It is vital to understand how sexting is related to sexual behaviors as it could be promoted as a safer sex behavior or become a focus of intervention to prevent risky sexual behavior. Media reports and scholars have sexters phone numbers proposed a relationship between sexting and psychological well-being [ 9 — 11 ].

People with social anxiety may prefer texting to voice calls as a medium for intimate contact, and may also prefer sexting as a medium for sexual contact [ 412 ]. Other sexters phone numbers and the media raise concern over the psychological consequences of sexting. The spread of sext messages beyond the original recipient and pressure to sext are both common occurrences [ 56 ] and may be related to subsequent psychological distress [ 313 ].

In addition, a of dating violence education programs have included unwanted text and sext messages in their definitions of dating violence [ 1213 ]. To date, researchers have not tested the relationship between sexting and symptoms of psychological well-being directly. The absence of such data is a concerning gap in our understanding given that if sexting is related to adverse mental health, intervention is critical to prevent or mitigate negative outcomes. Our study has three goals. First, we describe the prevalence of sexting in a large national sample of 18—24 year old YAs in the United States.

We break sexting into four : 1 Non-Sexters neither sent nor received a sext2 Senders sent a sext but never received a sext3 Receivers received a sext but never sent a sextand 4 Two-way Sexters both sent sexters phone numbers received a sext. Second, we examine whether participants who engage in different sexting behaviors differ in their sociodemographic characteristics. We discuss the implications of sexting for YAs and suggest directions for both research and practice.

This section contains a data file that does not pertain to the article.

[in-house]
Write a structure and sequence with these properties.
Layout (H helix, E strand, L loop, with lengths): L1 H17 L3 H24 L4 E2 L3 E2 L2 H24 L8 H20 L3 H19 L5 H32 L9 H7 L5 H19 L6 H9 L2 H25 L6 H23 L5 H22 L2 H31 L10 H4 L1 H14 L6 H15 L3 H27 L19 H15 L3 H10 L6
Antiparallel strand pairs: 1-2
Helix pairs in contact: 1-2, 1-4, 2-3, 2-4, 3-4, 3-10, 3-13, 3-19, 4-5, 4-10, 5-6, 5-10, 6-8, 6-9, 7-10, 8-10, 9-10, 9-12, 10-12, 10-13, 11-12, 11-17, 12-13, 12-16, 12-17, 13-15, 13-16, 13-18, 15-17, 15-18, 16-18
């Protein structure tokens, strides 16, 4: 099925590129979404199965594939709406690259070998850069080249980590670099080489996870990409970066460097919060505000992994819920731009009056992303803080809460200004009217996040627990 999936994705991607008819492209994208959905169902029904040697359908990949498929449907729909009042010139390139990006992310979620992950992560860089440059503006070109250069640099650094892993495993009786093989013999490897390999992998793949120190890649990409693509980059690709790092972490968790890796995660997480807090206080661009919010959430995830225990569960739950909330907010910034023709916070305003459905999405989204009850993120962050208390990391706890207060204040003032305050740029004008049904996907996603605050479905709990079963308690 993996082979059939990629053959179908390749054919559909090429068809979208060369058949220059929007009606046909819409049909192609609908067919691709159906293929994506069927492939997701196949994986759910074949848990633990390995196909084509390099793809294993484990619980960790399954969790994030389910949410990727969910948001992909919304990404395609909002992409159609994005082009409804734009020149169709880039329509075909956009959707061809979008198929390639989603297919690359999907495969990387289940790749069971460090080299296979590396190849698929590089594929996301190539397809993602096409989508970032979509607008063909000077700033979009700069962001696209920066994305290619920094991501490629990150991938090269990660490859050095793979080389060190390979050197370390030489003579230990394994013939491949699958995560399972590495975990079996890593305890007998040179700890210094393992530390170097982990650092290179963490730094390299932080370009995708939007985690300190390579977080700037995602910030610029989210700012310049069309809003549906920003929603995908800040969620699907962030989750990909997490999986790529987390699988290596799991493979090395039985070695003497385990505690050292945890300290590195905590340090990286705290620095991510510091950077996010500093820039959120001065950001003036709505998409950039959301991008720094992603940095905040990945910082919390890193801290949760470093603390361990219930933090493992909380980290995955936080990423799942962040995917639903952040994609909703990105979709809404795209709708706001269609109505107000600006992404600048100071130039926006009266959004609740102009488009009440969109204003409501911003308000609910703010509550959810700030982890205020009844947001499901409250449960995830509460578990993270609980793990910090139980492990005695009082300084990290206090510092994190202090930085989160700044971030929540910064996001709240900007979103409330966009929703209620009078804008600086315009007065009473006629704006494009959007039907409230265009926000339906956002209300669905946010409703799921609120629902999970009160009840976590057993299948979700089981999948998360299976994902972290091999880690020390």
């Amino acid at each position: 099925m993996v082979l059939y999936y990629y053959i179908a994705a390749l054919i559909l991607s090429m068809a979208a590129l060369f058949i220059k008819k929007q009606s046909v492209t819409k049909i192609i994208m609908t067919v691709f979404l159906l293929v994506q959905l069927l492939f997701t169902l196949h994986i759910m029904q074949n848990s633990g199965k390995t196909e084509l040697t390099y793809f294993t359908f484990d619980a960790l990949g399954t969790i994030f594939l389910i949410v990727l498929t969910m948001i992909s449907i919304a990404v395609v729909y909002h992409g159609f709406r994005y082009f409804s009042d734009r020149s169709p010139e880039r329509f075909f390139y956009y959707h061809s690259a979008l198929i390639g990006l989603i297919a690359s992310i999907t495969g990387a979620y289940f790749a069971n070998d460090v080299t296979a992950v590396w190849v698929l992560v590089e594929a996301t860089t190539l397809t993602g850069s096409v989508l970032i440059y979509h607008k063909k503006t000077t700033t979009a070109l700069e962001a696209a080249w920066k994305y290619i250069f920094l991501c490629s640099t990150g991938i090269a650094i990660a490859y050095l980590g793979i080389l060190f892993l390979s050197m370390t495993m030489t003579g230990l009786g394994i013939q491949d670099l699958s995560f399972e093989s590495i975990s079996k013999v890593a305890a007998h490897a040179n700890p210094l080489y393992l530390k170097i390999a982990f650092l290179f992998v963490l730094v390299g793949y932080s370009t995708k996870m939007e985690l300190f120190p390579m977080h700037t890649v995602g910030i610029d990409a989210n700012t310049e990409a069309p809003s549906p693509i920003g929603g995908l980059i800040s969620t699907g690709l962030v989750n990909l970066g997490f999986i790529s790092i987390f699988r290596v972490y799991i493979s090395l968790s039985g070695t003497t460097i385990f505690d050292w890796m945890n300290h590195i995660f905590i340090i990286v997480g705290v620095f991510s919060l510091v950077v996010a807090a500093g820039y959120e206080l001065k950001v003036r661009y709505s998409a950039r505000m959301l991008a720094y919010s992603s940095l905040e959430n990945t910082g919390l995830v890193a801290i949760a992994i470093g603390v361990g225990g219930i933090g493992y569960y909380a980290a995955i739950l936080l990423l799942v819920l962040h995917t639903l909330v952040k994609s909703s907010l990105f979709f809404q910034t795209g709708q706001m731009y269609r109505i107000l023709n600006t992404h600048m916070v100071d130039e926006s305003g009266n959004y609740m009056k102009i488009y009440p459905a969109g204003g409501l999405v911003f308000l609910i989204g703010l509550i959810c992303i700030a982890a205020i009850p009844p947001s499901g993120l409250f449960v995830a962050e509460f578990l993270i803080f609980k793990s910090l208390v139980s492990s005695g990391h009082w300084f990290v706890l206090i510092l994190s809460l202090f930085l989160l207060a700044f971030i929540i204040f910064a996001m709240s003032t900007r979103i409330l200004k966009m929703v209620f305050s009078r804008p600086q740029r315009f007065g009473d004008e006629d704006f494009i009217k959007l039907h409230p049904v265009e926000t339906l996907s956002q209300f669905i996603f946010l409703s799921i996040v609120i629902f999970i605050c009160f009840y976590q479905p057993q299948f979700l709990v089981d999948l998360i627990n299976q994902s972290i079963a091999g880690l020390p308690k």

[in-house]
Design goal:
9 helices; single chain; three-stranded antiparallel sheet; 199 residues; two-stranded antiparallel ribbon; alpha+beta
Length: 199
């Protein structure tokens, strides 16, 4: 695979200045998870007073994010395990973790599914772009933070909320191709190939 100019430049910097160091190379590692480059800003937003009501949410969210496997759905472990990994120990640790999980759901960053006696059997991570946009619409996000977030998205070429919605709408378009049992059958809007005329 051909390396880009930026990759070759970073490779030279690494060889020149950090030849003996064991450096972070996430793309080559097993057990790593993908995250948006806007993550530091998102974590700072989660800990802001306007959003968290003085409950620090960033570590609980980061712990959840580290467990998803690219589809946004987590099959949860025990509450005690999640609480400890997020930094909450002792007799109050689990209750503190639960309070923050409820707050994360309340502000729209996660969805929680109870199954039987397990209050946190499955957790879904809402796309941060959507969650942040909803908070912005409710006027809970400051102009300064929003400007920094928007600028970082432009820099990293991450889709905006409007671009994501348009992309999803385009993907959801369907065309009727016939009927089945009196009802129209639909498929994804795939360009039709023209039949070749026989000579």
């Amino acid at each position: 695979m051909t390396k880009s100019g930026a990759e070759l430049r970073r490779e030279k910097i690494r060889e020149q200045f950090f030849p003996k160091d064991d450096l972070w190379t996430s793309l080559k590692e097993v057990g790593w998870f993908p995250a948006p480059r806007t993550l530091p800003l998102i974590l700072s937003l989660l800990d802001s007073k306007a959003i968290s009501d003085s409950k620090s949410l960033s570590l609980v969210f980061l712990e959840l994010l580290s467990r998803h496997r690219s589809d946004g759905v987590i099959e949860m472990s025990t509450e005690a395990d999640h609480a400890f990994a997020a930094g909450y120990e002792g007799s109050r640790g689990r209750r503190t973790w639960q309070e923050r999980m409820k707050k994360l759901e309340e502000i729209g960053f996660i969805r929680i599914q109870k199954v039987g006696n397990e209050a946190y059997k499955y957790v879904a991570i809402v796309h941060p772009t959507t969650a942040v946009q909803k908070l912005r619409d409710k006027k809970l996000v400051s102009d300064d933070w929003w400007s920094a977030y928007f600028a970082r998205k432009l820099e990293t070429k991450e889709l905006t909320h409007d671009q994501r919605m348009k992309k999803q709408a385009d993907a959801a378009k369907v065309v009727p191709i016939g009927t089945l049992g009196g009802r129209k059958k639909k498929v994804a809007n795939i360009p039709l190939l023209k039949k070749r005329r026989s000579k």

To be eligible for the study, respondents had to be between the ages of 18 and 24, live in the United States and have access to the Internet. The first wave of participants seeds was recruited through an online Facebook advertisement. The remainder of the sample was recruited through referral chains.

The majority of participants identified as heterosexual Each prospective participant logged into the survey portal using a unique identifying UID and completed a short eligibility screener. Eligible participants consented to the study and completed the survey.

On average, the questionnaire took 37 minutes to complete.